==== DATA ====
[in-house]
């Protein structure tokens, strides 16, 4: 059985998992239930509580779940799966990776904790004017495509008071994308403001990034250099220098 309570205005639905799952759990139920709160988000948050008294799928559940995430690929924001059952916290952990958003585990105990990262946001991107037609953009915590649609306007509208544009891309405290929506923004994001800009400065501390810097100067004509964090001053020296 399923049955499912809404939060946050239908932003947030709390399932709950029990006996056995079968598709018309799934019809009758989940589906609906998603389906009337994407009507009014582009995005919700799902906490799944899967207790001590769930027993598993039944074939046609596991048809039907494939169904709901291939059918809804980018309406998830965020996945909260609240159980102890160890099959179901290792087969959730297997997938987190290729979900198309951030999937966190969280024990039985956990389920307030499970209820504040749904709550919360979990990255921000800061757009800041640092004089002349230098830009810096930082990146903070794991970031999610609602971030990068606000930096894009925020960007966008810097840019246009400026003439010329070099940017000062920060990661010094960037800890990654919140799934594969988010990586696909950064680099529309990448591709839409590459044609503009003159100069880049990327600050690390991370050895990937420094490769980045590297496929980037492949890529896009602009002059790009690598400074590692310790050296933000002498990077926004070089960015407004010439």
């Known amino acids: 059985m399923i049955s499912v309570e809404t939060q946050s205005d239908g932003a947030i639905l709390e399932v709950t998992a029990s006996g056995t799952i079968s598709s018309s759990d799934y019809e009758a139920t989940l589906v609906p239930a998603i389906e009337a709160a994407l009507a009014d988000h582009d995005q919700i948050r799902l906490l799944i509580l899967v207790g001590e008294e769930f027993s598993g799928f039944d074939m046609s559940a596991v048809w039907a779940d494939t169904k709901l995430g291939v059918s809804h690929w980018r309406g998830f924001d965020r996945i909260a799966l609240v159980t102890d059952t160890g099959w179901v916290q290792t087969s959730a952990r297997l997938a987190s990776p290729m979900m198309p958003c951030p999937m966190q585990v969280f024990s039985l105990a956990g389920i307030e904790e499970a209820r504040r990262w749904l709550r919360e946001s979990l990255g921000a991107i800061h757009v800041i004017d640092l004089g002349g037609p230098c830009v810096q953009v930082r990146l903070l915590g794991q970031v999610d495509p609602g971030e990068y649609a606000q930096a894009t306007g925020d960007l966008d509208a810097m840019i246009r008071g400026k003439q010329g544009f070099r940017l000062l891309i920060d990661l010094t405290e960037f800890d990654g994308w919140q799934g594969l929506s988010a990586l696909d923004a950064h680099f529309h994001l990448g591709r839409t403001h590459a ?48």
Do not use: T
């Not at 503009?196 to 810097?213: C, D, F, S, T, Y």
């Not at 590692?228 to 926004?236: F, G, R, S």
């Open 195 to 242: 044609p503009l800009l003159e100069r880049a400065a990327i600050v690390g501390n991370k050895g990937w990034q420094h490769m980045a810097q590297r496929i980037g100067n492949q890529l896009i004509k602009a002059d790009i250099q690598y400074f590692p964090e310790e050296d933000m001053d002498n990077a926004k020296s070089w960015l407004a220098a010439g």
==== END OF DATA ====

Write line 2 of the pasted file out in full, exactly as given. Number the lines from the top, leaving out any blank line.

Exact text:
């Protein structure tokens, strides 16, 4: 059985998992239930509580779940799966990776904790004017495509008071994308403001990034250099220098 309570205005639905799952759990139920709160988000948050008294799928559940995430690929924001059952916290952990958003585990105990990262946001991107037609953009915590649609306007509208544009891309405290929506923004994001800009400065501390810097100067004509964090001053020296 399923049955499912809404939060946050239908932003947030709390399932709950029990006996056995079968598709018309799934019809009758989940589906609906998603389906009337994407009507009014582009995005919700799902906490799944899967207790001590769930027993598993039944074939046609596991048809039907494939169904709901291939059918809804980018309406998830965020996945909260609240159980102890160890099959179901290792087969959730297997997938987190290729979900198309951030999937966190969280024990039985956990389920307030499970209820504040749904709550919360979990990255921000800061757009800041640092004089002349230098830009810096930082990146903070794991970031999610609602971030990068606000930096894009925020960007966008810097840019246009400026003439010329070099940017000062920060990661010094960037800890990654919140799934594969988010990586696909950064680099529309990448591709839409590459044609503009003159100069880049990327600050690390991370050895990937420094490769980045590297496929980037492949890529896009602009002059790009690598400074590692310790050296933000002498990077926004070089960015407004010439």